Don’t rely on that inheritance
As I regularly remind my mother- and father-in-law, 1948 was the luckiest year in which to be born.
According to Prudential, cradle-to-grave NHS care, gold-plated final salary pensions, an unprecedented housing boom and remarkable technological and medical advances have made those reaching the State Retirement Age (65) in 2013 the luckiest generation yet.
On the other hand, their offspring may be left wondering when things will start getting better. Recent research highlights that young people have been hardest hit by the ongoing economic malaise, with unemployment at record highs and income for ‘twentysomethings’ down 12% in real terms compared to 2007/08 versus a rise of 2-3% for the over-60s, according to the Institute for Fiscal Studies.
It is therefore increasingly tempting for members of Generations X and Y to base their future financial security on the inheritance that they hope their parents will leave to them.
However, we believe that this would be particularly reckless for two reasons:
First, an American study from Penn State University calculated a 60% probability of at least one member of a 65 year old couple living to age 90. This means that the expected windfall may not happen for some considerable time.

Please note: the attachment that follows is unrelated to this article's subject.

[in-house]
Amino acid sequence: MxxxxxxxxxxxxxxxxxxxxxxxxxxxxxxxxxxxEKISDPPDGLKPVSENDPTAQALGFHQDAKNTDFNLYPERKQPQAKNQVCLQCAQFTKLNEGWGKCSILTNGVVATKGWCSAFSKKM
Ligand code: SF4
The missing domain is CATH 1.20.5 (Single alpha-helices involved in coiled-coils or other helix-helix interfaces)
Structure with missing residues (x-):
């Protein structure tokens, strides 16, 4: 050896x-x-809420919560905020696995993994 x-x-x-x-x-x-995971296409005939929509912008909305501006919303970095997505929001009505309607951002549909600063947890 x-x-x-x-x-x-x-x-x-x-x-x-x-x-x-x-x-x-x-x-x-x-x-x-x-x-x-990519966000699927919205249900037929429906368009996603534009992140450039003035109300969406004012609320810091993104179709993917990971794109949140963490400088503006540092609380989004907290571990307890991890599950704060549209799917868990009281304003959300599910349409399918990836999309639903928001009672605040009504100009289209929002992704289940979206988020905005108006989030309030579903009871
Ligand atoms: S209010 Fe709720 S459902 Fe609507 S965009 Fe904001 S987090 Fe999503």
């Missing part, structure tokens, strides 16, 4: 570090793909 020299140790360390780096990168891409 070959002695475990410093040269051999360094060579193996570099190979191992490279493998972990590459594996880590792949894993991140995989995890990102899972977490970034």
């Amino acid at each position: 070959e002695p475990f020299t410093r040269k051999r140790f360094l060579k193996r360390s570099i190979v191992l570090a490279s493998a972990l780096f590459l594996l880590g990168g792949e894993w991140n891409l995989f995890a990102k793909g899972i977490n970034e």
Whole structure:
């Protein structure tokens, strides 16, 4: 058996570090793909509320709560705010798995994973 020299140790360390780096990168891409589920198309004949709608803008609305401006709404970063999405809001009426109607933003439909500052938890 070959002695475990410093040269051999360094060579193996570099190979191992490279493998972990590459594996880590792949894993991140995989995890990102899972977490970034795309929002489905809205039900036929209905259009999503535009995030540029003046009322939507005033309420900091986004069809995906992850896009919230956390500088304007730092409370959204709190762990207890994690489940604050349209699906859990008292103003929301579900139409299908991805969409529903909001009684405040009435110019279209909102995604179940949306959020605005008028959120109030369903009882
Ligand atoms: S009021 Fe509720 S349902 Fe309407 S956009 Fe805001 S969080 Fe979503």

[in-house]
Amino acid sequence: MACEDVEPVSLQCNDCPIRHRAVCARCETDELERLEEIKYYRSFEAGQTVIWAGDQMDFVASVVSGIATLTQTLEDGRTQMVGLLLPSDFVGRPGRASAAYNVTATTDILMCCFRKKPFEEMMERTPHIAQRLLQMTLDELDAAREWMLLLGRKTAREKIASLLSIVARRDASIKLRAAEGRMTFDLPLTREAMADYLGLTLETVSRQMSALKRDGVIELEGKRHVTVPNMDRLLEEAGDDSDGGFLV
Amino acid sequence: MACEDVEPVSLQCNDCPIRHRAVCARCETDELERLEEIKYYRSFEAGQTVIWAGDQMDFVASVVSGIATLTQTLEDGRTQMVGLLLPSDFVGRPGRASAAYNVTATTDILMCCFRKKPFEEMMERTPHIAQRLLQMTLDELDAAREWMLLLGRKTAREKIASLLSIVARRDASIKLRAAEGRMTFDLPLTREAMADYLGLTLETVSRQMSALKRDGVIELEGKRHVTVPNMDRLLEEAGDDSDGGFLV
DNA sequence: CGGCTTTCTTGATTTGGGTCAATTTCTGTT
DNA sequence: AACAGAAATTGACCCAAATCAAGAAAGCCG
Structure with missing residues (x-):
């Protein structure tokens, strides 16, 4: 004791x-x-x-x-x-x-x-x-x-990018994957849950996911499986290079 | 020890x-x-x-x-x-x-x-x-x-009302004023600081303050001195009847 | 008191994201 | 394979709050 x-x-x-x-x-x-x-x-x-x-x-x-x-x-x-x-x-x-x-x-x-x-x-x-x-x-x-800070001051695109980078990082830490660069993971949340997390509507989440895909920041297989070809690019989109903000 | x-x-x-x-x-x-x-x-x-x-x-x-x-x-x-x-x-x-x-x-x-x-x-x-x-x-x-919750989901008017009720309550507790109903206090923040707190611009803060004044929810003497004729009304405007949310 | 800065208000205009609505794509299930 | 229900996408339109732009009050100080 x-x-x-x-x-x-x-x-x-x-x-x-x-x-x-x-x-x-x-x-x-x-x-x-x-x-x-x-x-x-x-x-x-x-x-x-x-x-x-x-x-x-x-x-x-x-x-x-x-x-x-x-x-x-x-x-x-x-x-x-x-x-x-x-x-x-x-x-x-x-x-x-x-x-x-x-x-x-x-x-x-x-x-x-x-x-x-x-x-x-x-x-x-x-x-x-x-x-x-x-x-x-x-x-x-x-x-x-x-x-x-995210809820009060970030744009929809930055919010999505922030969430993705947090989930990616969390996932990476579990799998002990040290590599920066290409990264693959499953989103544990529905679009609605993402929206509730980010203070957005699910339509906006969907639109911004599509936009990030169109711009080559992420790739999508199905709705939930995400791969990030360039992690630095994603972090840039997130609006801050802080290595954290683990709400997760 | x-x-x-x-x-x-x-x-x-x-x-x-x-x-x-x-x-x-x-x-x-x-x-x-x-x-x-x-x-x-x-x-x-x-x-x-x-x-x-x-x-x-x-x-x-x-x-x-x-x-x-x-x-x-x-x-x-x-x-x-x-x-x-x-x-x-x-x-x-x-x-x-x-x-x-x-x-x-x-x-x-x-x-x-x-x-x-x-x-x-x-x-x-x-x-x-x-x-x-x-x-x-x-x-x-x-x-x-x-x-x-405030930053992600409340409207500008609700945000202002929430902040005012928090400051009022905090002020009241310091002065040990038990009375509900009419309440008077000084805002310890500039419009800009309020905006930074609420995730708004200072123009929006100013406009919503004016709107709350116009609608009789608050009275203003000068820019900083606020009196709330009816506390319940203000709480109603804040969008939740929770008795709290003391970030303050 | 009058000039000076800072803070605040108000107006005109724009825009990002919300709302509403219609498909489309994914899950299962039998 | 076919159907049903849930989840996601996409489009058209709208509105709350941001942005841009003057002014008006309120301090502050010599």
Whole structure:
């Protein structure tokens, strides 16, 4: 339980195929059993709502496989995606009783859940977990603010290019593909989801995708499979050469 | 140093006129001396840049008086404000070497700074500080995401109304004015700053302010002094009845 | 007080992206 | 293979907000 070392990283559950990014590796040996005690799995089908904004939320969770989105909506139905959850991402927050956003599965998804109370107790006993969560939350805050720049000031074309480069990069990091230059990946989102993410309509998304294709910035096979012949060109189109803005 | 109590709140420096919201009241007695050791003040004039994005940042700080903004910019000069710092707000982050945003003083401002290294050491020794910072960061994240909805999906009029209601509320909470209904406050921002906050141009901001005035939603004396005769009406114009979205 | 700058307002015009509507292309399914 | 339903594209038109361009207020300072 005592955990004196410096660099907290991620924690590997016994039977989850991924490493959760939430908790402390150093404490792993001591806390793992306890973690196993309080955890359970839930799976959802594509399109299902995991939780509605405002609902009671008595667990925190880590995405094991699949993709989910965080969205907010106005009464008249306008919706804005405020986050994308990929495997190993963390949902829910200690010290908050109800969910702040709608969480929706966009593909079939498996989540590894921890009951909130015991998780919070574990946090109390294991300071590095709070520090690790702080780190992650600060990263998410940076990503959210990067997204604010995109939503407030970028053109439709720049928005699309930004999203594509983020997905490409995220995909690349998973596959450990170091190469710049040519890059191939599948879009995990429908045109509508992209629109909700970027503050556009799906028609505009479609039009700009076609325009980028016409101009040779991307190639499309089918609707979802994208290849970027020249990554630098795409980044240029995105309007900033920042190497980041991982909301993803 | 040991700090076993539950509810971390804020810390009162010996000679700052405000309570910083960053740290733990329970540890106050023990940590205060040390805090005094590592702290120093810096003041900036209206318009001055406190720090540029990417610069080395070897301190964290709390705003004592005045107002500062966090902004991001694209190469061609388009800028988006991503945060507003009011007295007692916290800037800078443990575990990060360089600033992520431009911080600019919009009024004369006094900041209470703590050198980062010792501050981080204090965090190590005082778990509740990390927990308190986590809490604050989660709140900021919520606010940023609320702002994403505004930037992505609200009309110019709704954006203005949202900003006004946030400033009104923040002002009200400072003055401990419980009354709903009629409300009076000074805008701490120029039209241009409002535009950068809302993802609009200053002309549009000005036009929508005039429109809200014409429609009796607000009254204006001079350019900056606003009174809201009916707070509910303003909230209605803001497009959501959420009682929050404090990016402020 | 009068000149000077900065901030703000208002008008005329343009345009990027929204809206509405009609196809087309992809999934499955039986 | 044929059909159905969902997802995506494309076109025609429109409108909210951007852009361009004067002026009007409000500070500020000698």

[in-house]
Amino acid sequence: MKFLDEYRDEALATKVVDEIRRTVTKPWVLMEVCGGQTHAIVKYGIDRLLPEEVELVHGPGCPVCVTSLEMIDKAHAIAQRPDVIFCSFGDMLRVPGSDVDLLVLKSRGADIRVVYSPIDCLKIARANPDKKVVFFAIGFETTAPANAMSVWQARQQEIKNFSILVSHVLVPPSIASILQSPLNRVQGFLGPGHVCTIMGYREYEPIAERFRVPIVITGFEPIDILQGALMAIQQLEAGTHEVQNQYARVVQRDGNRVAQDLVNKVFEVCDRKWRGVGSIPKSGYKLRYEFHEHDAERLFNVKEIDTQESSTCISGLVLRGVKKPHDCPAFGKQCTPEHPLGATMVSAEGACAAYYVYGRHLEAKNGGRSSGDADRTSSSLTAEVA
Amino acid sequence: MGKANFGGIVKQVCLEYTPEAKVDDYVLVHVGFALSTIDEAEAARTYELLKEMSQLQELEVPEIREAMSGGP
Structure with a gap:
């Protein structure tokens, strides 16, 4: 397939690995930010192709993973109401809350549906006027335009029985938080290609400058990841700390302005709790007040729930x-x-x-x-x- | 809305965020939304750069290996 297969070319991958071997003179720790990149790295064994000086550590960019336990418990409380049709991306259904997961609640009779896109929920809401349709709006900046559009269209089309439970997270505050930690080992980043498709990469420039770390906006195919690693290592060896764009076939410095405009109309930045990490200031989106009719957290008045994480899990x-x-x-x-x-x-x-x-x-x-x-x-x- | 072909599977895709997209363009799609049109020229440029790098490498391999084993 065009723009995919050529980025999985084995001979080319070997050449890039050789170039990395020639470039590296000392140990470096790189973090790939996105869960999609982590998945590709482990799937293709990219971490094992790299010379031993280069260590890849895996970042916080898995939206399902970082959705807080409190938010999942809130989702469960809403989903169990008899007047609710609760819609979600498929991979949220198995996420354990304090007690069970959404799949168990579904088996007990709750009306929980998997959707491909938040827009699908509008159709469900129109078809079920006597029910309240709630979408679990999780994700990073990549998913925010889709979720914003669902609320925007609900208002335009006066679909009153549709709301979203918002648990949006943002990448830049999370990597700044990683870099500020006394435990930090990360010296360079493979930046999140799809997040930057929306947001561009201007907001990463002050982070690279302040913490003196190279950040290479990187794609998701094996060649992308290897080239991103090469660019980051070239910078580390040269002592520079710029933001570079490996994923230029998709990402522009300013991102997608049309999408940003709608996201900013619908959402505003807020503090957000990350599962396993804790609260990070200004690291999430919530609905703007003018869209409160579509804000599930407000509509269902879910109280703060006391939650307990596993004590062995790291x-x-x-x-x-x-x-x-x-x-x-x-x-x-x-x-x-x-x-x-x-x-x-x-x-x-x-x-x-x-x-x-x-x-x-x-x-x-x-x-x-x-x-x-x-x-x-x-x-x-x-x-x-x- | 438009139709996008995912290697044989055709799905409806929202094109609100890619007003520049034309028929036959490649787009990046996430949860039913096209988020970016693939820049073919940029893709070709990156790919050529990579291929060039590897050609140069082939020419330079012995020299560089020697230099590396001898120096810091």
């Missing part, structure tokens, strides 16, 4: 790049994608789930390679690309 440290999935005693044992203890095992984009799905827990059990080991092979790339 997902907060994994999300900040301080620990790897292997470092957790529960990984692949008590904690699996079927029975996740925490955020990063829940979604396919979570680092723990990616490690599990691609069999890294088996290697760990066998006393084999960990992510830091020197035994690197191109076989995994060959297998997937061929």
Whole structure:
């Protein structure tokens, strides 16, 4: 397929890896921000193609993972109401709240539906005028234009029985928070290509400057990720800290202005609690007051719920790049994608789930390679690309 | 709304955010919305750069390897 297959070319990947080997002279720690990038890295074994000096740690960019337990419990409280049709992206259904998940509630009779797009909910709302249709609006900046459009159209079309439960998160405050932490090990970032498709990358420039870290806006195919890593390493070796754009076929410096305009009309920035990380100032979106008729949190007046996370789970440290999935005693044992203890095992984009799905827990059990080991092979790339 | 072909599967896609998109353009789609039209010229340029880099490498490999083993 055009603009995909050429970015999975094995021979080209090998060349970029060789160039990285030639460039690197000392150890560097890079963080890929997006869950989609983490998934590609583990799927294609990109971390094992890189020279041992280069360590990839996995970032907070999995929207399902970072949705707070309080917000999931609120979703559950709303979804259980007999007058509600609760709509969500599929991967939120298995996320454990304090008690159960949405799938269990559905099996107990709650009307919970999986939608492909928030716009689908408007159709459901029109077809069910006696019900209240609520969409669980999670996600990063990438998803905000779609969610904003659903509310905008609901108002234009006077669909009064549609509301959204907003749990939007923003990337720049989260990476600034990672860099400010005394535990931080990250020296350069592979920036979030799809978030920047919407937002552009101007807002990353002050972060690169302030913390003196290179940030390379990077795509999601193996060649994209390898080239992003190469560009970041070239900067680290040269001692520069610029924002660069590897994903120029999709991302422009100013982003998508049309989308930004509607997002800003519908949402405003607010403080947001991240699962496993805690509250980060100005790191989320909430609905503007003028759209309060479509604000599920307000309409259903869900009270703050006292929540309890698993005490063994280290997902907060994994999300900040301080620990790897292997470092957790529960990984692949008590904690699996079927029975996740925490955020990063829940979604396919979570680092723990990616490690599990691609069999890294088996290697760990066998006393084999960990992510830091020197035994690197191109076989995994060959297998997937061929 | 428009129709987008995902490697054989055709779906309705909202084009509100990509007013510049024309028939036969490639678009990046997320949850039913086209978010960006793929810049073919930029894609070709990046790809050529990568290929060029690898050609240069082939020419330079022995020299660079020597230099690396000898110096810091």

Secondly, there is a clear disconnection between parents’ and children’s expectations. While 75% of 20-35 year olds expect an average inheritance of £78,000, according to Skipton Building Society, 37% of parents expect to spend all their money during retirement. In fact, 49% have started dipping into the pot already.
The message is clear: you may get nothing; and those that get something may have to wait until approximately 2038 (when those born in 1948 turn 90 years of age).
Our advice? Ignore the inheritance entirely and start planning for your future on your own two feet. Don’t hesitate to get in touch if you would like some guidance in terms of taking responsibility for your family’s financial security.